We did read with great interest the recent review published by Ichim et al on the potential role of tumor exosomes as immune escape mechanism [1], and we were pleased to see that the authors shared our original idea that these organelles may represent a crucial tool of immunosuppression in cancer [2, 3]. Indeed, although tumor cells are well acknowledged to affect immune functions through the release of diverse soluble factors or cell-to-cell contact mediated mechanisms [4, 5], the involvement of alternative pathways based on the secretion of membrane microvesicles has been so far largely unappreciated [6]. Exosomes are endosome-derived organelles of 50–100 nm size, actively secreted by virtually all cell types through an exocytosis pathway that is used under normal as well as pathological conditions [6]. Their first description can be attributed to the biochemist Rose Johnstone, who reported in her 1980s investigations about these lipid-encased particles produced as a mechanism for shedding of specific membrane functions during reticulocyte maturation [7]. Since then, these curious microvesicles lingered in obscurity, although several reports kept referring to exosomes as potential pathway utilized by different cell types to eliminate cellular material or establish intercellular cross-talk [8]. Finally in 1996 these microparticles were recognized for their central role in antigen presentation with the work of Graça Raposo and Hans Geuze of Utrecht University in the Netherlands, who reported that exosomes secreted by B cells could promote T cell cross-priming through the expression of HLA/peptide complexes [6]. Based on these and following observations about the role of exosomes in antigen presentation, the exacerbated production of these vesicles by tumor cells was initially welcomed as a process potentially involved in the induction and maintenance of tumor immunity [9]. Indeed, the expression of a large panel of tumor proteins with antigenic properties, like MelanA/Mart-1 and gp100 in melanoma-derived exosomes, and CEA and HER2 in exosomes produced by carcinoma cells [911], supported the role of these organelles as cell-free source of tumor antigens for T cell priming and paved the way to clinical trials based on vaccination with tumor exosomes in patients with advanced disease [12].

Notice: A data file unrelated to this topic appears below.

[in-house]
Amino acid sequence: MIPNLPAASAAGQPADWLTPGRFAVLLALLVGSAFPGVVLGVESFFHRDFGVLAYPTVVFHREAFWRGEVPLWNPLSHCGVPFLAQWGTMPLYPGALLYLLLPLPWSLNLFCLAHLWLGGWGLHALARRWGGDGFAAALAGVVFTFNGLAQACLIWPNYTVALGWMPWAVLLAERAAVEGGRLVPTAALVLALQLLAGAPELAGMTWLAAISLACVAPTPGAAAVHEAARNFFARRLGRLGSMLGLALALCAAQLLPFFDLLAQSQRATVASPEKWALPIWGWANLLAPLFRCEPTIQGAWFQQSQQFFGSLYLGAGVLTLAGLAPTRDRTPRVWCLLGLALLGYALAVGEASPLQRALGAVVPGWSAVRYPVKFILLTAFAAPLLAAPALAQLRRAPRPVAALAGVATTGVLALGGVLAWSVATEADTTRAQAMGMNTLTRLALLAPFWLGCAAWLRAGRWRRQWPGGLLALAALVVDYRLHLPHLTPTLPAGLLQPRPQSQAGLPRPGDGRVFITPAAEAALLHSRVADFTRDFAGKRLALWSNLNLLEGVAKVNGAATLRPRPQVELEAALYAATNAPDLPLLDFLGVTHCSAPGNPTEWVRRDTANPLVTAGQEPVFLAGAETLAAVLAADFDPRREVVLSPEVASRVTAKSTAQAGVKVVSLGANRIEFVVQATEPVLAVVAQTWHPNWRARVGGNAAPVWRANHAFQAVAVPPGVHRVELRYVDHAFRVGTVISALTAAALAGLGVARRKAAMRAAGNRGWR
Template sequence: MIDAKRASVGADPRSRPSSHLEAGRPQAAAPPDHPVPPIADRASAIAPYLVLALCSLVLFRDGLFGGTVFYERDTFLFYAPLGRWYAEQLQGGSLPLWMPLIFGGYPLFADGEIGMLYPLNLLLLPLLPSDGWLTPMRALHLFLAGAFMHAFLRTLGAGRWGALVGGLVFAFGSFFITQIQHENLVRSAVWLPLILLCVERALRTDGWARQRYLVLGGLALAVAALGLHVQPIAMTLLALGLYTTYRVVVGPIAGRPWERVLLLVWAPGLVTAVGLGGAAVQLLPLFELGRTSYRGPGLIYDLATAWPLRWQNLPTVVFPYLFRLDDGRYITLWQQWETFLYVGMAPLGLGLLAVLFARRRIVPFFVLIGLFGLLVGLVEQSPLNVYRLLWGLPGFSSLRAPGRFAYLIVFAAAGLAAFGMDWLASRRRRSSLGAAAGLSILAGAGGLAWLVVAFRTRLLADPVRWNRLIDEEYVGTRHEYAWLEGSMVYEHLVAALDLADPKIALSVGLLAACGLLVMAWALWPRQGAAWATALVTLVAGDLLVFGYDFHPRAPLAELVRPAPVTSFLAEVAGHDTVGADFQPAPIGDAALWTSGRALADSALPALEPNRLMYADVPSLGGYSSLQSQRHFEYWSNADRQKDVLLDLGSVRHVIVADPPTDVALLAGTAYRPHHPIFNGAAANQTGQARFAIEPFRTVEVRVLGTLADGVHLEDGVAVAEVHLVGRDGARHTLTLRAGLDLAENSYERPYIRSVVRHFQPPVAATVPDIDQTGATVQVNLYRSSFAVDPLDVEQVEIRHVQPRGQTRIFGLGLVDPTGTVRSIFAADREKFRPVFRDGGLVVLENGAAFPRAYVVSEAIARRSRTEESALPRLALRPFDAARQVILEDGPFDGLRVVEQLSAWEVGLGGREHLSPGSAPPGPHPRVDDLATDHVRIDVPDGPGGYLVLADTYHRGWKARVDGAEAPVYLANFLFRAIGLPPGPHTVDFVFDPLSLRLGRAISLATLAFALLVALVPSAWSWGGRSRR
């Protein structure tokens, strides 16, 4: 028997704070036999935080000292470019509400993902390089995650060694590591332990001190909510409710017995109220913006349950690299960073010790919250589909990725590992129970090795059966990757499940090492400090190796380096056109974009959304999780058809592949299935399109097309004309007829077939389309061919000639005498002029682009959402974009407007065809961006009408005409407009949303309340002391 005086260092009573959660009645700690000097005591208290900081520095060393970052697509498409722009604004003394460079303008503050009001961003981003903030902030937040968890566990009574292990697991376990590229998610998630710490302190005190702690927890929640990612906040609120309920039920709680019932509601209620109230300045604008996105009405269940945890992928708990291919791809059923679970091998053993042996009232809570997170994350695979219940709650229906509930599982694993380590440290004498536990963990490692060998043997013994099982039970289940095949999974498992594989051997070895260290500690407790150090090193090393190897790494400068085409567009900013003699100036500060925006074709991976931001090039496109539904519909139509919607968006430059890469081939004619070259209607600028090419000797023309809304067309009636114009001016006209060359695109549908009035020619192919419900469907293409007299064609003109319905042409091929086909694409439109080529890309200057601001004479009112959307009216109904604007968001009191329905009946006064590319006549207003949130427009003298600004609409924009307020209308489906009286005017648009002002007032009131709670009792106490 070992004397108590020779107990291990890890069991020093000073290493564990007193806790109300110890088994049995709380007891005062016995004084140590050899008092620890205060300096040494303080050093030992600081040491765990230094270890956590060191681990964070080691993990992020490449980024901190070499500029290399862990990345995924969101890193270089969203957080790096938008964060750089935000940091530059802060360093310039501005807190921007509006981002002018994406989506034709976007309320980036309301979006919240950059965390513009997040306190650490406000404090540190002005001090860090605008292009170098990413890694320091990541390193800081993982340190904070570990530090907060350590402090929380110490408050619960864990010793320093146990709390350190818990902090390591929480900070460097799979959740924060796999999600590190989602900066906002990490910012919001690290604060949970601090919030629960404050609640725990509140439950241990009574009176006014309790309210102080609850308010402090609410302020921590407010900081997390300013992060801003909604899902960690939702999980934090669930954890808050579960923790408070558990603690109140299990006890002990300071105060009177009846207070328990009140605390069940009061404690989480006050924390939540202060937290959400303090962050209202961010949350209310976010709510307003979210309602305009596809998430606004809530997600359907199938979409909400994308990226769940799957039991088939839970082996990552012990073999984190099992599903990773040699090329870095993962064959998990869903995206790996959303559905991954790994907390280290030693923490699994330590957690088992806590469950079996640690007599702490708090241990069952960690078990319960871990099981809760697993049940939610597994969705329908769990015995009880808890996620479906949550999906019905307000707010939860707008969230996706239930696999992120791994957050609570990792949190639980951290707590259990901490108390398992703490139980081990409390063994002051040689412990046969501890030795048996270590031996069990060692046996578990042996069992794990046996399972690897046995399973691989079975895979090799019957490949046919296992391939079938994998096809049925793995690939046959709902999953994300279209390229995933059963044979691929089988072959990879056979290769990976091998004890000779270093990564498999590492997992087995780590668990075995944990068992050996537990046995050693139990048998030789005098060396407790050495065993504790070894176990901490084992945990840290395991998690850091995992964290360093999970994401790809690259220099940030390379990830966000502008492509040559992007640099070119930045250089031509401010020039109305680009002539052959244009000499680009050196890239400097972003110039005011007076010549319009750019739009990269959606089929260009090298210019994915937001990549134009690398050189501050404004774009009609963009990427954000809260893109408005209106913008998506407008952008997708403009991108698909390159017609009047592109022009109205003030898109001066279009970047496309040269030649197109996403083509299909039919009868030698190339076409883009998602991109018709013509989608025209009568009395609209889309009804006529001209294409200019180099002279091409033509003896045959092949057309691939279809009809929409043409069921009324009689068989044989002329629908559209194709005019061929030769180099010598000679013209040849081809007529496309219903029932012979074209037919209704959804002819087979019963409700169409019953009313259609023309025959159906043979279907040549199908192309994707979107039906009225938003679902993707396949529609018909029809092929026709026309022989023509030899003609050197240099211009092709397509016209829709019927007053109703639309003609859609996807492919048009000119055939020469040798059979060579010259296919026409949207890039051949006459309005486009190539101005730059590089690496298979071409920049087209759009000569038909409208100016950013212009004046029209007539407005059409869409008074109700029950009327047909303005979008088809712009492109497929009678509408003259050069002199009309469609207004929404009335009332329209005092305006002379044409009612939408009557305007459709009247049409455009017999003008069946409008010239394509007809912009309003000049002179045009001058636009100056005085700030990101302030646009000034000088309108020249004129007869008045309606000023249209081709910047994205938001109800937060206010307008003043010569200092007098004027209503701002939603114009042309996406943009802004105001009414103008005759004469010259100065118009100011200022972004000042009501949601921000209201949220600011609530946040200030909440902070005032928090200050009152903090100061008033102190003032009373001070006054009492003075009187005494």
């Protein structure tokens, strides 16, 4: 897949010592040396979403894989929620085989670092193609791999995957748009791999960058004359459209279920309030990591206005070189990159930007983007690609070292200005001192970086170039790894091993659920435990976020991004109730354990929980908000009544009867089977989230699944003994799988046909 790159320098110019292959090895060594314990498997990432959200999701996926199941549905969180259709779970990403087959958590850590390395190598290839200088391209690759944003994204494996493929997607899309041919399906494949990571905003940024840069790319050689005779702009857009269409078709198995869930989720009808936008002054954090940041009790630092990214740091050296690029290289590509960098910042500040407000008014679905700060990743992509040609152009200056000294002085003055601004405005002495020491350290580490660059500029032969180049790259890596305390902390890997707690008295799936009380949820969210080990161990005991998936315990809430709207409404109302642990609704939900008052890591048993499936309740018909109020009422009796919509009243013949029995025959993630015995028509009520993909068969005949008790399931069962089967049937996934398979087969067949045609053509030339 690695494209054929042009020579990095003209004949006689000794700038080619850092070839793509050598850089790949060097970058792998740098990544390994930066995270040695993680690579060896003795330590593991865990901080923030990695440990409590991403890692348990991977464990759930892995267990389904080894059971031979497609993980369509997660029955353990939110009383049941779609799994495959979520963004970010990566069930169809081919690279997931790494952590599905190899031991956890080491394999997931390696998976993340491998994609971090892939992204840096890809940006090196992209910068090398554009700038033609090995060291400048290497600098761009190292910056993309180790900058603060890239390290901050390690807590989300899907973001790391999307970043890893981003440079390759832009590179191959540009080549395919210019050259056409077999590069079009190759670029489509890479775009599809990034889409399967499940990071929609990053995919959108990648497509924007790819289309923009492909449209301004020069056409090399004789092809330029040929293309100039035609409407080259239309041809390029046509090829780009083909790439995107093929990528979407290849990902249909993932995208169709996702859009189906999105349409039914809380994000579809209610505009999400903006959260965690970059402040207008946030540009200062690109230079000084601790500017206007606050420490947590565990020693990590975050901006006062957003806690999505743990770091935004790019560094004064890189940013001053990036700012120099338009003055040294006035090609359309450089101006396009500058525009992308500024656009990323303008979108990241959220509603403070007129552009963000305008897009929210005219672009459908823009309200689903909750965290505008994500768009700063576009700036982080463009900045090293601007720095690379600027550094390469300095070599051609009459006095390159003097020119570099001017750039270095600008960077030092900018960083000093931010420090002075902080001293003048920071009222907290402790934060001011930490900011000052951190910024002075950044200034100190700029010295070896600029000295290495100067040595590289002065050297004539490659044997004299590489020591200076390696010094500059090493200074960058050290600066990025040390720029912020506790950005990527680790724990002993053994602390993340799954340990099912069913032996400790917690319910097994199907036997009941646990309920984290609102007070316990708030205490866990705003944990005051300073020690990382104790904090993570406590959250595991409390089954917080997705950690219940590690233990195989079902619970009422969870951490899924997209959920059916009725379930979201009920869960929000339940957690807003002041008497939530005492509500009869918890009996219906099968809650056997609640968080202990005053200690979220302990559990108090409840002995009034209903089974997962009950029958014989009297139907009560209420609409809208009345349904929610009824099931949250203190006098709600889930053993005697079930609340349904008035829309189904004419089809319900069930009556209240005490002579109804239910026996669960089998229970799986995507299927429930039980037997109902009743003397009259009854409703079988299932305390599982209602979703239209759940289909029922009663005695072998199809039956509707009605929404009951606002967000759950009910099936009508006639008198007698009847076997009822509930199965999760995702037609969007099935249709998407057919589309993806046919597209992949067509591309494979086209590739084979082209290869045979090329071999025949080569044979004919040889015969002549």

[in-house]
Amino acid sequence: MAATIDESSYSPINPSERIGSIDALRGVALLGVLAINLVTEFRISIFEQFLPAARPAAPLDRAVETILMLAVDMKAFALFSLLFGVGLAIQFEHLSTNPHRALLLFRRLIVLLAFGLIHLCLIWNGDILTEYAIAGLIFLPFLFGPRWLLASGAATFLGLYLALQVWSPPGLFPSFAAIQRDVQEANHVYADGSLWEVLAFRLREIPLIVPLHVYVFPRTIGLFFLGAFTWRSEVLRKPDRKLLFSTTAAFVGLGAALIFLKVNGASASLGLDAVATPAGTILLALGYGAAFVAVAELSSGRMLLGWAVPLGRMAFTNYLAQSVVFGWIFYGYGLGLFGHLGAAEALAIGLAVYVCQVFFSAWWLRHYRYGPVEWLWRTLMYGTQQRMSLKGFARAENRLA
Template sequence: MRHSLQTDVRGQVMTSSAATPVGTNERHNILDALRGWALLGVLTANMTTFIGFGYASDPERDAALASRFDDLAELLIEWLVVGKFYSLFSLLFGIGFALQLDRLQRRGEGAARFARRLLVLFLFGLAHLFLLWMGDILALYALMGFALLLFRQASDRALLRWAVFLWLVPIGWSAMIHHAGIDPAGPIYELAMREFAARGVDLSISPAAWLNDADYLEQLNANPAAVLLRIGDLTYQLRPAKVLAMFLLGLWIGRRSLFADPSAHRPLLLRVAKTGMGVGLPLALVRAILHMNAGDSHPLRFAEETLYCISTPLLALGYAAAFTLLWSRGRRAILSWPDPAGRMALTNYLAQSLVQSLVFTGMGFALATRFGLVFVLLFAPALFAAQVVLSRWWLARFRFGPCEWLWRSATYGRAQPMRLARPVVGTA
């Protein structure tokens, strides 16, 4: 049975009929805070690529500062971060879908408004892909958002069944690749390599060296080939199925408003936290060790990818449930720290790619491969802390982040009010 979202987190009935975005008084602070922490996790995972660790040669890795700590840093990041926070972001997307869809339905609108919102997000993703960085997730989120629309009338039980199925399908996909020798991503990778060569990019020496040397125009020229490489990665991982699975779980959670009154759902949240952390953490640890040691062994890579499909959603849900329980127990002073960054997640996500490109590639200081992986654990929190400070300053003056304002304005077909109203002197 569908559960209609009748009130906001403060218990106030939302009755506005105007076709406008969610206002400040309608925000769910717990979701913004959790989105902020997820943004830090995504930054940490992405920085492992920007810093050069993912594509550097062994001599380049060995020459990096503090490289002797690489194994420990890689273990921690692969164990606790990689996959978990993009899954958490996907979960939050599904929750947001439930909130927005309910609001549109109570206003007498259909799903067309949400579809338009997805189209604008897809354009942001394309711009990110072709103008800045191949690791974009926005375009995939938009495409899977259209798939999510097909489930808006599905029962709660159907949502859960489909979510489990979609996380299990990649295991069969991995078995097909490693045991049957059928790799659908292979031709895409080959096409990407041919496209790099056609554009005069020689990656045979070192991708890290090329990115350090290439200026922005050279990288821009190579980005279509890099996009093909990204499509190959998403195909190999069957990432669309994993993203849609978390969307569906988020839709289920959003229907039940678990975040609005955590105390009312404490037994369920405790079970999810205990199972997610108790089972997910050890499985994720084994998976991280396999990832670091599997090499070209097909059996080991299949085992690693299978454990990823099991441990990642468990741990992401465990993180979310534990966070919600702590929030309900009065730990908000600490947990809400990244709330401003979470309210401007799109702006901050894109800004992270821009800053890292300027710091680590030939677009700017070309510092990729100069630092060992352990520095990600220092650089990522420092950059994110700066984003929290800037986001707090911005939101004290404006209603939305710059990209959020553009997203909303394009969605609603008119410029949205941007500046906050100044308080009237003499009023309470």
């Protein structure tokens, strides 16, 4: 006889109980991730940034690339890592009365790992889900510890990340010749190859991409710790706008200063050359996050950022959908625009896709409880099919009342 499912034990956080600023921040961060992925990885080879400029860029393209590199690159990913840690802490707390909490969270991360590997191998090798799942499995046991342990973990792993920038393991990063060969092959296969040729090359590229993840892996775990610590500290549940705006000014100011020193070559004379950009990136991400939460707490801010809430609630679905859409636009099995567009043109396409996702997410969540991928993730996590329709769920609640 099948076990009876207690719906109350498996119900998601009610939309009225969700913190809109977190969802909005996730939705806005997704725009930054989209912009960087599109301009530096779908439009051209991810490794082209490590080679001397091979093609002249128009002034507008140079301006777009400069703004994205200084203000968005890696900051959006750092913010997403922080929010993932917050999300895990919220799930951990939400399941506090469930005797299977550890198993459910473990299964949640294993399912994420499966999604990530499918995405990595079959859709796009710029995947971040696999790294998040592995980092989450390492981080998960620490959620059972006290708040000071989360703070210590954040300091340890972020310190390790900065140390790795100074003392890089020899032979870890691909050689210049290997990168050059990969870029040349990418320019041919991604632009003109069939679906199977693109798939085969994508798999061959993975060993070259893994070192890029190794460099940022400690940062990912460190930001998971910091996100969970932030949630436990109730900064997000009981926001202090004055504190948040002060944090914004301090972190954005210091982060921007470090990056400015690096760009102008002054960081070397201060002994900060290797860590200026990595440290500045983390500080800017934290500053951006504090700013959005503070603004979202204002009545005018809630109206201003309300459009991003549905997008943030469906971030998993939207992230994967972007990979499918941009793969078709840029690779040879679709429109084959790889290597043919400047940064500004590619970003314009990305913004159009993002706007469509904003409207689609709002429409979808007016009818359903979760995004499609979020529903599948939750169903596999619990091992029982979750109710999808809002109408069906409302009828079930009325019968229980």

However, following studies from several groups including ours have progressively suggested that these vesicles, being close replicas of the originating cancer cells, could transport not only antigenic material but also molecules responsible for the detrimental effects exerted by tumor cells on the immune system [6, 13, 14].